In the run-up to a White House counter-extremism summit, two international rights organisations have signed a joint letter urging US President Barack Obama to highlight that tackling extremism requires respecting human rights.
The directors of US-based Human Rights First and the Cairo Institute for Human Rights Studies (CIHRS) co-signed the statement. It argues that rights and the rule of law cannot be abused in any effective fight against violent extremism. US military allies abroad will also be involved in the meeting.
The White House is to host the summit 18-20 February with the event set to bring national and international organisations to consider strategies on tackling the rise of extremism.
However, the letter also identifies that state actors share responsibility for the rise of violent groups.
“We know that violent extremists abuse and seek to destroy human rights. We also know that human rights violations perpetrated by governments fuel instability and create a climate in which violent extremism flourishes. Violent extremists and repressive, authoritarian governments feed off of each other in a deadly – and mutually reinforcing- cycle. We urge you to use the Summit to develop short and long term strategies to break it,” the letter reads.
The organisations identify that many nations participating in the US-led coalition against Islamic State of Iraq and Al-Sham (ISIS) have repressed calls from their citizens for representative government in often abusive crackdowns on human rights. Egypt, Bahrain, Saudi Arabia, and the UAE amongst those given particular recognition of violations.
The organisations continue that those allied countries “restrict the basic rights and freedoms of their citizens by targeting members of civil society and voices of dissent with arrests and trials that flout the rule of law”. They added that “any [effective] strategy will require international partners to make progress on protecting human rights and the rule of law in their home countries”.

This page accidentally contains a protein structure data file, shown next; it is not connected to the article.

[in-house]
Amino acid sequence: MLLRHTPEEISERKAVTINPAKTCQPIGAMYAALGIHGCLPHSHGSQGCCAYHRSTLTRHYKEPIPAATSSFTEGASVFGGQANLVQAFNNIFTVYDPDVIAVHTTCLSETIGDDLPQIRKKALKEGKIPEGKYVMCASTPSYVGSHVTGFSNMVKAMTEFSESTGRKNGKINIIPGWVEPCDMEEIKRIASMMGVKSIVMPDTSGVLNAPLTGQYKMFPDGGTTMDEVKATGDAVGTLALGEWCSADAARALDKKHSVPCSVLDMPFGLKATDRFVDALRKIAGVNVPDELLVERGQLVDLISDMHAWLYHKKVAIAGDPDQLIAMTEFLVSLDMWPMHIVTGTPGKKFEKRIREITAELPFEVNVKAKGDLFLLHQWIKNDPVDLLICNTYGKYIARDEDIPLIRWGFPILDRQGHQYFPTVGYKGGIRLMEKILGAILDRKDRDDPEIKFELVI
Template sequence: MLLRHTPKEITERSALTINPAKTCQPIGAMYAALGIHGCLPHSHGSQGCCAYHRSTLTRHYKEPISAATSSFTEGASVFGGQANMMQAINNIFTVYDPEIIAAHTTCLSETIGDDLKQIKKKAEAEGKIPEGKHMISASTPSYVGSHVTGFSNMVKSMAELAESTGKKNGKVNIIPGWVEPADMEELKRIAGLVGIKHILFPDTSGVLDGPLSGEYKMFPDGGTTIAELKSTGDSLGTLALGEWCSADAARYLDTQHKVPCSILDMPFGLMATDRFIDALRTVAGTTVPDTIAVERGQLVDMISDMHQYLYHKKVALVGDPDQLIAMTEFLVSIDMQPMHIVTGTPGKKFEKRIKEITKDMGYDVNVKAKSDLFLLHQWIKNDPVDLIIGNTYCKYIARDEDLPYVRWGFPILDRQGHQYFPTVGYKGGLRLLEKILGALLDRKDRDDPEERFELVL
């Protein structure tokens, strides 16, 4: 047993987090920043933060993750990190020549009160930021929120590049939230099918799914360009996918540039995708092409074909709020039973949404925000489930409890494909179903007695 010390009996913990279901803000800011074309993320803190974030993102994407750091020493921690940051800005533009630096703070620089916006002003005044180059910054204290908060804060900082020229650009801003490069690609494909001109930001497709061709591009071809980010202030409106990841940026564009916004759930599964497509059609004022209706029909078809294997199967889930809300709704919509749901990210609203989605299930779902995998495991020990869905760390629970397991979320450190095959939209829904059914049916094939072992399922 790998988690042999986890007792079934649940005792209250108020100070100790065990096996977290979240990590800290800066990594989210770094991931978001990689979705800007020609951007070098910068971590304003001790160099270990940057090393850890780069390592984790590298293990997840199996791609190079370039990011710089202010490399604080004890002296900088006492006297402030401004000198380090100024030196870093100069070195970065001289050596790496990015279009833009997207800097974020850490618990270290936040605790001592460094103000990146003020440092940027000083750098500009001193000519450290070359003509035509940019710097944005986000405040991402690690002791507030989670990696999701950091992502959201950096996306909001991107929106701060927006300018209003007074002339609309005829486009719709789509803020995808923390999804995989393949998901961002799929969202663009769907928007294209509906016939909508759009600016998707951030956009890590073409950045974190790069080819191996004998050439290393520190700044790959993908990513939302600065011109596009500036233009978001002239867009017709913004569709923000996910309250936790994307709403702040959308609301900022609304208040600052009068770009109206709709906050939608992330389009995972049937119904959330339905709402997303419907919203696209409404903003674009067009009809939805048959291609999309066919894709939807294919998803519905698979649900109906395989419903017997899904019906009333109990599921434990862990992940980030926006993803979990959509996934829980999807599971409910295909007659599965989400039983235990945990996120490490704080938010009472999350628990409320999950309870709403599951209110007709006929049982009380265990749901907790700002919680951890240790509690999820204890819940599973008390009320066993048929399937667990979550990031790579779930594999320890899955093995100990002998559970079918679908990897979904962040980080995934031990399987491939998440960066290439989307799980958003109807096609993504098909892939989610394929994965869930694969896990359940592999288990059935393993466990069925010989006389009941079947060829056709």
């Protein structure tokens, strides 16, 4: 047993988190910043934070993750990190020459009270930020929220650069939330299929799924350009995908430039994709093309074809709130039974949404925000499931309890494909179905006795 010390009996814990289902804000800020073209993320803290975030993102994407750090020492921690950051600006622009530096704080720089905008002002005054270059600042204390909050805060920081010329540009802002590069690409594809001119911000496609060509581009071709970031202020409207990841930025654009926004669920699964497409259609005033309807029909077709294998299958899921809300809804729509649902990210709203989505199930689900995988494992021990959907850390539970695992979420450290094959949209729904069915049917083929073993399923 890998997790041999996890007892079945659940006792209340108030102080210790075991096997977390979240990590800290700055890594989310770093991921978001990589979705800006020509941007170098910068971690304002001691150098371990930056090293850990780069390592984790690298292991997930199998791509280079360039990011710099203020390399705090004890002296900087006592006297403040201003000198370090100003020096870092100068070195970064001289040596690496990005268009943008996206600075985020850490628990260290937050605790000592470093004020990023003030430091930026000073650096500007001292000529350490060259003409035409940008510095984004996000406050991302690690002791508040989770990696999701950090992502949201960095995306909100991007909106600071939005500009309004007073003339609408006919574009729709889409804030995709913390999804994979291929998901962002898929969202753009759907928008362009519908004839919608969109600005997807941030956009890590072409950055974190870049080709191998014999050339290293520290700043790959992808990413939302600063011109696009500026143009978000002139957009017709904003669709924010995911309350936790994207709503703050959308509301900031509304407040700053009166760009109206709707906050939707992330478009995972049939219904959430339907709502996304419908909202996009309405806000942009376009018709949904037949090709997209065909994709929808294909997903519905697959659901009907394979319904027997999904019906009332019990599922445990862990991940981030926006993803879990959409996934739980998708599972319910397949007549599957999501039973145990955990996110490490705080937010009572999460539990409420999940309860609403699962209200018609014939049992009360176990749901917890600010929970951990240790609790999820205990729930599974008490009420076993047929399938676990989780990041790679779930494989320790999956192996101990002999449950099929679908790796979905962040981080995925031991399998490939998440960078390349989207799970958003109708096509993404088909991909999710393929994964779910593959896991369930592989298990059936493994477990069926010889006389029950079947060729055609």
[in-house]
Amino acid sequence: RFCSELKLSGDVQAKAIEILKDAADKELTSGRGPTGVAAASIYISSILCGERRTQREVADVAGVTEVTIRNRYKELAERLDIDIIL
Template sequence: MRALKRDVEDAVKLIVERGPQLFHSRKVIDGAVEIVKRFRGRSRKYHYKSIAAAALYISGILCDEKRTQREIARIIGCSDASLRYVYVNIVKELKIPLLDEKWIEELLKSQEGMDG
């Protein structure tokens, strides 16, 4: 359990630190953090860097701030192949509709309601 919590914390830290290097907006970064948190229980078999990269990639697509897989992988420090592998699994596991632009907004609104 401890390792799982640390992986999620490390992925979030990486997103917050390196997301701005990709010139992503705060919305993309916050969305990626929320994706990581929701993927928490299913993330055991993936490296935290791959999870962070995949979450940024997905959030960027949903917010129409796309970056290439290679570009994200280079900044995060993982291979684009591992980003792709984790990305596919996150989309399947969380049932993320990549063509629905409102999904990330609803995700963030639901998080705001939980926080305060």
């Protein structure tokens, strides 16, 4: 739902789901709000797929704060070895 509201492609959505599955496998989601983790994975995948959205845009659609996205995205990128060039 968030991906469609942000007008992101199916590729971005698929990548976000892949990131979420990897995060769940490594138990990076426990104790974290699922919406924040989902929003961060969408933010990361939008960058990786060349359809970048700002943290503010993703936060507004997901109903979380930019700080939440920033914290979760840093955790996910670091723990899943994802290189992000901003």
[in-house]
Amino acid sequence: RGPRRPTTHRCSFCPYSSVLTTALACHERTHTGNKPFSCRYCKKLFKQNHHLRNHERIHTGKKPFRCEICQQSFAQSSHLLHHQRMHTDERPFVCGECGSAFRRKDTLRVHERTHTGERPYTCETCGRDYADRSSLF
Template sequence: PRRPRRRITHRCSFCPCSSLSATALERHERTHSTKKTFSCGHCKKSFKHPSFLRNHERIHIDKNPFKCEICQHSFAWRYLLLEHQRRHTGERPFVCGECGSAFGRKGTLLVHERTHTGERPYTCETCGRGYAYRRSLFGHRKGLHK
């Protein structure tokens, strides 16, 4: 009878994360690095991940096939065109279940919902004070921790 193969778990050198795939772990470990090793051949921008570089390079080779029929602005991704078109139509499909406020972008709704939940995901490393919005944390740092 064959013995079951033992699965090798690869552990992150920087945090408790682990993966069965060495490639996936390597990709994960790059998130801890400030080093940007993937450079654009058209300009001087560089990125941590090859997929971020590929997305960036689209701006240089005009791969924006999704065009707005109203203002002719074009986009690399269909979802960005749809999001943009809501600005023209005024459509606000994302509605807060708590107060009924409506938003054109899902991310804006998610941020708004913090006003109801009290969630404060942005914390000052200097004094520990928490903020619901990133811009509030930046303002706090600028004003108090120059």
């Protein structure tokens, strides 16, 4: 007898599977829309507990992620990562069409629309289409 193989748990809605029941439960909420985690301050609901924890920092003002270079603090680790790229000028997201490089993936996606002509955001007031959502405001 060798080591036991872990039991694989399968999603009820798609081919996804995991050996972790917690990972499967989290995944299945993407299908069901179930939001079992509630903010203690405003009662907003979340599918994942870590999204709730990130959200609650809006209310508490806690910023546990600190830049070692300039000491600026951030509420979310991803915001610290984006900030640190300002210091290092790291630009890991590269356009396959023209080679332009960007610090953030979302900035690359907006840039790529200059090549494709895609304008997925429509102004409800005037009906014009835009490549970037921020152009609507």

In December, CIHRS announced that, after 20 years of operation, they will be moving much of their work to Tunisia. The human rights NGO stated that the decision was taken “in light of the ongoing threats to human rights organizations and the declaration of war on civil society” in Egypt.
The CIHRS announced that their work has become untenable in an atmosphere of “mounting security pressure aimed at shutting out every independent, critical voice from the public sphere, individuals and institutions, Islamist or secular, as well as the erosion of the pillars of the rule of law and the constitution and the deterioration of human rights in the country to a level unprecedented in Egypt’s modern history”.